COVID-19 support for Queensland Government employees

Understand the latest Chief Health Officer (CHO) directions and implications for Queensland Government employees.

Read the latest COVID-19 advice and help support employees in the workplace, and guide employment-related activities within your agency.

Employees required to be vaccinated

Employees may need to be vaccinated if they work in a high-risk setting as identified by the CHO.

Chief executives are authorised under sections 11 and 98 of the Public Service Act 2008 to give directions to their employees. This includes asking employees to be vaccinated to comply with CHO directions, or where there is identified risk to employees or others.

Employees can visit Queensland Health to book a vaccination appointment, or learn more about the vaccine.

Paid time to receive vaccination

If an employee cannot attend a vaccination appointment outside work hours, they can attend during work time without loss of pay. This includes travel time to and from the appointment.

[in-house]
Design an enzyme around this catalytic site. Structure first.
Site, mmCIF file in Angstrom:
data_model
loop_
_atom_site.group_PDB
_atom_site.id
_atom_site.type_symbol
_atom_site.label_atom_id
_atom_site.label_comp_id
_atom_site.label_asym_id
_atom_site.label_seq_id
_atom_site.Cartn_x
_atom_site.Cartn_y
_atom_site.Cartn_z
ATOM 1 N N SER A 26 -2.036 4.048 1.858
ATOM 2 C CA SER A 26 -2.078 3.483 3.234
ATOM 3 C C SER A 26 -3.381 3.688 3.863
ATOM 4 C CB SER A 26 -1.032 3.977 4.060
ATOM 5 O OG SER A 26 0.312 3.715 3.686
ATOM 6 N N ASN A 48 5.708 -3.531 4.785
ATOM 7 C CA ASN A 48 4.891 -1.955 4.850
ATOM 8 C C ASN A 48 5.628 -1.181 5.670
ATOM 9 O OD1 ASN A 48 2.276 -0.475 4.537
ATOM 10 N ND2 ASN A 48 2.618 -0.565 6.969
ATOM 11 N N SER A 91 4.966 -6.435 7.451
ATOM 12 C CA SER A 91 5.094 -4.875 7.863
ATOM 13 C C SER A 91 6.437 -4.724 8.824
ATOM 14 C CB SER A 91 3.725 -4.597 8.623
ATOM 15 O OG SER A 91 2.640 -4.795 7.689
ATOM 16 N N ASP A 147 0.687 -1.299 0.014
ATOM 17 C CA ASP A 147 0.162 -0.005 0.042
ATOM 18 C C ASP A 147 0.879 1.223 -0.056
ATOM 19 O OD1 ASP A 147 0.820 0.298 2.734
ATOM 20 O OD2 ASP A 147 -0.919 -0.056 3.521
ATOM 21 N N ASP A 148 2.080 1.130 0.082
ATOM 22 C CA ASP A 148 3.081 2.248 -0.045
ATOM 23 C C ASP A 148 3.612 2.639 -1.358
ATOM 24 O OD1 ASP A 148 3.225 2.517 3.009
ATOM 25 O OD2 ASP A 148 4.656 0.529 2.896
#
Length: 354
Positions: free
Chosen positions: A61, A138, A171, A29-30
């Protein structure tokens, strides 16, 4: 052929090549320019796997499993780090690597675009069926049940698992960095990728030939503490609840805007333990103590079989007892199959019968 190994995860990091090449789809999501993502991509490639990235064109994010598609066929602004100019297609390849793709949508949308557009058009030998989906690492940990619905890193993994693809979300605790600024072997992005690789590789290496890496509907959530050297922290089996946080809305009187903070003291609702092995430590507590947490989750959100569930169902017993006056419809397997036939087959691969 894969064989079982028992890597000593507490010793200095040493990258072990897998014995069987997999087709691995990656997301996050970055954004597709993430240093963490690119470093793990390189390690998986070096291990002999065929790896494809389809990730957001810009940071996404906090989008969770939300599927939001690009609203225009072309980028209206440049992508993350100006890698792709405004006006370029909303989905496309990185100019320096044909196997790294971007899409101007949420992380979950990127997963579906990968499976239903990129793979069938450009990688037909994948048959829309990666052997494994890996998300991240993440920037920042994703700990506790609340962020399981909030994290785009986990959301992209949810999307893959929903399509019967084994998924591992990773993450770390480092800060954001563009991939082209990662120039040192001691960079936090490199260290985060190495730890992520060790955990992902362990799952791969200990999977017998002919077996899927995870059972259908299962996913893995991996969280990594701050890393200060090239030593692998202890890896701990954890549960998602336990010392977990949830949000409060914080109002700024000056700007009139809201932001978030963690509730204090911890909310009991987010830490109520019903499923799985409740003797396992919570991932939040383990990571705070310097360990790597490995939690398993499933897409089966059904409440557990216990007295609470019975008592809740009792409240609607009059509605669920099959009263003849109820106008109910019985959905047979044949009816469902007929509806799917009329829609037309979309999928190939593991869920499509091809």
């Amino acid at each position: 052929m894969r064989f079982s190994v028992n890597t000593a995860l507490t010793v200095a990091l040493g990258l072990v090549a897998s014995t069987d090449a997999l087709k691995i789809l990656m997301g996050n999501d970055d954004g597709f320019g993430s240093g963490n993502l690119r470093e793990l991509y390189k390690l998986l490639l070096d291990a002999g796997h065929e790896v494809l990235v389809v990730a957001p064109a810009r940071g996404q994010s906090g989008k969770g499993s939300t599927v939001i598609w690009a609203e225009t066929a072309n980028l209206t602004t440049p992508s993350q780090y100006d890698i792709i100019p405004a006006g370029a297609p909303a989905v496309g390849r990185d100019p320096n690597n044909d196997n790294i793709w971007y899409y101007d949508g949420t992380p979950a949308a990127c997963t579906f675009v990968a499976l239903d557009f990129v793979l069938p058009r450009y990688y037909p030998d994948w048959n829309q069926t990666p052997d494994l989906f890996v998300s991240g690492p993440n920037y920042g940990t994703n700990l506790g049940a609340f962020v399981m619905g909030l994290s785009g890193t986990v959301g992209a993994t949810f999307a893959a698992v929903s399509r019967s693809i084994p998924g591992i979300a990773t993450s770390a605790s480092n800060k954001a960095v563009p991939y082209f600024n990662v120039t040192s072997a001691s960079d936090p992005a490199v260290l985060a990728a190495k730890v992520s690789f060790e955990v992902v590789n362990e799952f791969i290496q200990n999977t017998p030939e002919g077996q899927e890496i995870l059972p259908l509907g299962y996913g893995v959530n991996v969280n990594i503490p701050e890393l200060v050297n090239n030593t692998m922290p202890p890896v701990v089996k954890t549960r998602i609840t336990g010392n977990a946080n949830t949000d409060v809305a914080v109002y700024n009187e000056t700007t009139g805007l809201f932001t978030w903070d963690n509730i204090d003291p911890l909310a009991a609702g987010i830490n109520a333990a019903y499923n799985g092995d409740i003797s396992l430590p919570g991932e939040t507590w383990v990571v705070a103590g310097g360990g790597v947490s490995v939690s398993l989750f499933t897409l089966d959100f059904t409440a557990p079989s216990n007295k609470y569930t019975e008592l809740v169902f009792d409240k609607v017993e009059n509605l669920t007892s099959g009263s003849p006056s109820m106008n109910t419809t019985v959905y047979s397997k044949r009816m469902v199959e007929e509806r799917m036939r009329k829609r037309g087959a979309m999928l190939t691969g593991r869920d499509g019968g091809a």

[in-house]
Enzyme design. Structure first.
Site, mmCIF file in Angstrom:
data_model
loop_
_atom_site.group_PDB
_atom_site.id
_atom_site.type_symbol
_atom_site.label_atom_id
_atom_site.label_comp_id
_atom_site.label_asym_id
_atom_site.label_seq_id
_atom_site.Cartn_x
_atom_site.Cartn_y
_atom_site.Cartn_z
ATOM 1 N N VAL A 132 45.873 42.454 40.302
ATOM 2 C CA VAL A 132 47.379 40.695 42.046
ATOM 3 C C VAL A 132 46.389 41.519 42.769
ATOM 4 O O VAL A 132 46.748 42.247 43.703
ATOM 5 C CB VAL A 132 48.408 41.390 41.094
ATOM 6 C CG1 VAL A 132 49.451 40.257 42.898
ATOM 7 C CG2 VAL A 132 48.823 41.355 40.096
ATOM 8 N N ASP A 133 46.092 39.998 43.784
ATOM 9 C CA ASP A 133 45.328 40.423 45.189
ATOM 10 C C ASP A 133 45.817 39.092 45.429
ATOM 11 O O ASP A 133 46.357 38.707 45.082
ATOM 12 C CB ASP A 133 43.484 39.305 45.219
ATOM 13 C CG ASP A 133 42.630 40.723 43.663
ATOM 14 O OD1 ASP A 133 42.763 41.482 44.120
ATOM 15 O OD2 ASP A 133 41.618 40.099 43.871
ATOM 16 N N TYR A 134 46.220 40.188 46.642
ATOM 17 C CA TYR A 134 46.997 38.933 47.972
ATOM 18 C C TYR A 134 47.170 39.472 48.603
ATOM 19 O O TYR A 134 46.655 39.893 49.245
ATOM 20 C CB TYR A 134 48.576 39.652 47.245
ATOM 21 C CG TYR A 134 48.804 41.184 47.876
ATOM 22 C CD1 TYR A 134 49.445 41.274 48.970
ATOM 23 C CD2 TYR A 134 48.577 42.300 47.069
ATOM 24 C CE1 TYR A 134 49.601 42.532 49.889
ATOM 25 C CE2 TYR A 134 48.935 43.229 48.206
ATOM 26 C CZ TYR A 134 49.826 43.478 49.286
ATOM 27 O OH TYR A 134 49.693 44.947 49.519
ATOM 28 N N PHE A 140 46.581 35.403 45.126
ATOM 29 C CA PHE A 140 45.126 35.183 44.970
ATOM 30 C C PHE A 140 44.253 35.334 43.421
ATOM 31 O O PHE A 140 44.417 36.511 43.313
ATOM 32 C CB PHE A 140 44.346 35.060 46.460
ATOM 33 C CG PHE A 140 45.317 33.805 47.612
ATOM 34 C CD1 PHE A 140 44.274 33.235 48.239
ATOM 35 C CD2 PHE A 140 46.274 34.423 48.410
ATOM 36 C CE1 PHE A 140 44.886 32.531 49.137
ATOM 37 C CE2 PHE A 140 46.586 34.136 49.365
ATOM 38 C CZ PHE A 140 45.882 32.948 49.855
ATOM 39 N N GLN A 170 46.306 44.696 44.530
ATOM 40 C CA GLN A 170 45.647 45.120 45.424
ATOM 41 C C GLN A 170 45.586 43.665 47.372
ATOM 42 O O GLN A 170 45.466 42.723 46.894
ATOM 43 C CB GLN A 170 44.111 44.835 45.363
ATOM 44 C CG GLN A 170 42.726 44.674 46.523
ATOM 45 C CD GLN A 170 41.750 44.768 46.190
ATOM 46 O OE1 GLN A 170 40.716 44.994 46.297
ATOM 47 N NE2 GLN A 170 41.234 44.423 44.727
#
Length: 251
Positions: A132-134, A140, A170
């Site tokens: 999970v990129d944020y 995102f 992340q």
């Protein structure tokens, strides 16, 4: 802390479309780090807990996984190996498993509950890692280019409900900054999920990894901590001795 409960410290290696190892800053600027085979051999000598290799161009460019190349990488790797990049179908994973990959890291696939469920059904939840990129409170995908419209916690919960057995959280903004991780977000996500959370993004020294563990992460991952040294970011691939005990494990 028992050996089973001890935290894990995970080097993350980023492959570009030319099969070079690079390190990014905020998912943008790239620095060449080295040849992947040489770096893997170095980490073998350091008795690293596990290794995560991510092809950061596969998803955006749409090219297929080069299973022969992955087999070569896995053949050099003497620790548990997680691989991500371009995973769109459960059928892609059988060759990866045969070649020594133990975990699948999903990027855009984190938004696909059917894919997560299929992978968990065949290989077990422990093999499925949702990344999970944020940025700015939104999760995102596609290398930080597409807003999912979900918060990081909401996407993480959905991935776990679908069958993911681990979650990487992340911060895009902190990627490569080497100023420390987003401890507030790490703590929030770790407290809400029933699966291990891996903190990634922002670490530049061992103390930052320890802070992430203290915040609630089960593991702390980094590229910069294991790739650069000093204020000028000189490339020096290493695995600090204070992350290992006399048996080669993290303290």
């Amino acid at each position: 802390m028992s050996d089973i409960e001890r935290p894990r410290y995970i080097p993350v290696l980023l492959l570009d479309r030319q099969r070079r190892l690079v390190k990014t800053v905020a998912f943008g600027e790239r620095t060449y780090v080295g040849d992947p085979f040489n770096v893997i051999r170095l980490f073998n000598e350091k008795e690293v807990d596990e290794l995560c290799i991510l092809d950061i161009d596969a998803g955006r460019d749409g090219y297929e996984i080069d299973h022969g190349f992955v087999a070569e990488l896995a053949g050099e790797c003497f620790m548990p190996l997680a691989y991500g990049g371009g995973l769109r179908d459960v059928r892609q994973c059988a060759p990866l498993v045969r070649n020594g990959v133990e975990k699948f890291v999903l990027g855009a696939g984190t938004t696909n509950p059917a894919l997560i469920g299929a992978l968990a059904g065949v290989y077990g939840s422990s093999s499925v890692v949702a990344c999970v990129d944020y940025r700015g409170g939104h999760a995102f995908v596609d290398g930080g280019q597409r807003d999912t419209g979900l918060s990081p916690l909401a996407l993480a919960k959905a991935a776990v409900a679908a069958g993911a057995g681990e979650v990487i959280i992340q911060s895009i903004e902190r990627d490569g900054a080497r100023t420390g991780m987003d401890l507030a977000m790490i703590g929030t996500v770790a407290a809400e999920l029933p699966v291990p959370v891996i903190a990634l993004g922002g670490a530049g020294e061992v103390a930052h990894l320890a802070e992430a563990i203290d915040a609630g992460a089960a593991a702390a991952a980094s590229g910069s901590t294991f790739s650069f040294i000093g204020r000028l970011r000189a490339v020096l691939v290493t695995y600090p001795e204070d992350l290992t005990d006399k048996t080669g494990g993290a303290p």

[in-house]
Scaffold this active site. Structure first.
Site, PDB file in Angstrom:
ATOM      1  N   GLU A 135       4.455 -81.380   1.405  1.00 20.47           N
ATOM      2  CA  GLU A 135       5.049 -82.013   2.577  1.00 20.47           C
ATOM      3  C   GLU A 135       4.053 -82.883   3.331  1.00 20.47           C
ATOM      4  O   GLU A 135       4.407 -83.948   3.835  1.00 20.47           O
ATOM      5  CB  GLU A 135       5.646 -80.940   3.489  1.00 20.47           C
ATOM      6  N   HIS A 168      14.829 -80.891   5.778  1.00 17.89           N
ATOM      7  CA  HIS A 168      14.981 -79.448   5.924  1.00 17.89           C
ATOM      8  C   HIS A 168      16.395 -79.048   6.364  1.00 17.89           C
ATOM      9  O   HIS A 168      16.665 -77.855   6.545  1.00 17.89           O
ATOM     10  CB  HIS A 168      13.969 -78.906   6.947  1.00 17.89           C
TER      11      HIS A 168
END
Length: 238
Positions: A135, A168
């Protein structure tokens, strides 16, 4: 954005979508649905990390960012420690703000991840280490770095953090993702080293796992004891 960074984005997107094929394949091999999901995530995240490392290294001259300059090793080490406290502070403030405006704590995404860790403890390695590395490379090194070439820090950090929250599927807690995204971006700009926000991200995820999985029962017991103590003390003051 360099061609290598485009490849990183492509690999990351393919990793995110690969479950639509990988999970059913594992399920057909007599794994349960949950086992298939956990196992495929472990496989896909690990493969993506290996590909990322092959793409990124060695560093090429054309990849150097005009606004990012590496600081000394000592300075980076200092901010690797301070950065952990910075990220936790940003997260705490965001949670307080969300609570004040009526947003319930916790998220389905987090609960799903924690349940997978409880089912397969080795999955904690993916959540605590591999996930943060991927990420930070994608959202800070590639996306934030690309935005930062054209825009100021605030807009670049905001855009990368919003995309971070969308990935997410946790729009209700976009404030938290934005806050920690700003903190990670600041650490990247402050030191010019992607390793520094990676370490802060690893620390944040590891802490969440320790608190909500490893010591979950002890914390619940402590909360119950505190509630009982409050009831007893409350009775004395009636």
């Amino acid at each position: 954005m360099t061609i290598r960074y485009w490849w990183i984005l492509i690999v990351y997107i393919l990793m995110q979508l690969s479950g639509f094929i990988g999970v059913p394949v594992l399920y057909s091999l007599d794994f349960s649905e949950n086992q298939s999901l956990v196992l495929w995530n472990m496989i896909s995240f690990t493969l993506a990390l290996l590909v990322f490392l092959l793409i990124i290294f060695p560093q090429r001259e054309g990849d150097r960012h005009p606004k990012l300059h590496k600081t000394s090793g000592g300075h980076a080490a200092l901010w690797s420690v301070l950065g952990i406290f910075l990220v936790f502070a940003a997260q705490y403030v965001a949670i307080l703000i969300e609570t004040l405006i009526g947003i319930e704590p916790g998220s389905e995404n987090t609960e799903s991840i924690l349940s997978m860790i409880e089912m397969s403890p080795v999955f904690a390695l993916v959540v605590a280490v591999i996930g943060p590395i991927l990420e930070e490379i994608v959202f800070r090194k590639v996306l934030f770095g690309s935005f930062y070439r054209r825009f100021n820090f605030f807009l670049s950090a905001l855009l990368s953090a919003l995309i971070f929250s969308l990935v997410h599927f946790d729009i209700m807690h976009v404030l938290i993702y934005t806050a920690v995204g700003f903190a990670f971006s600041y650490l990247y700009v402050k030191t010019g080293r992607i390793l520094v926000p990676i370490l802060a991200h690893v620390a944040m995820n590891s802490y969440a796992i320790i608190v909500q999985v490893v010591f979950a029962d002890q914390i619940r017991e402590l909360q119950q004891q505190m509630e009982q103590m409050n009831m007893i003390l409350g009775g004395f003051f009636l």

Requests to disclose vaccination status

Chief executives can request employees share their vaccination status as outlined in the CHO directive or agency direction.

If an employee refuses to disclose their vaccination status when asked, they may be issued with a lawful direction to do so.

Chief executives can also request the vaccination status of other people entering the workplace (e.g. employees from other agencies) to ensure the health and safety of everyone.

Proof of vaccination status

Vaccination status can be proven by providing a copy of, or sharing a:

COVID-safe measures are in place in Queensland Government workplaces, including:

  • regular cleaning and disinfecting of high-traffic areas and high-touch surfaces
  • ongoing provision of alcohol-based hand sanitiser and soap for handwashing
  • ongoing hygiene practices and physical distancing whenever possible.

Promote a COVID-safe workplace by encouraging employees to:

See the Queensland Health website for more. Learn how to keep your workplace safe, clean and healthy.

Use flexible work arrangements when required to support Queensland public health directions and recommendations, and agency COVID-safe workplace plans.

Employees can use a blend of working in the office, working from home, other flexible work arrangements and staggered start and finish times to: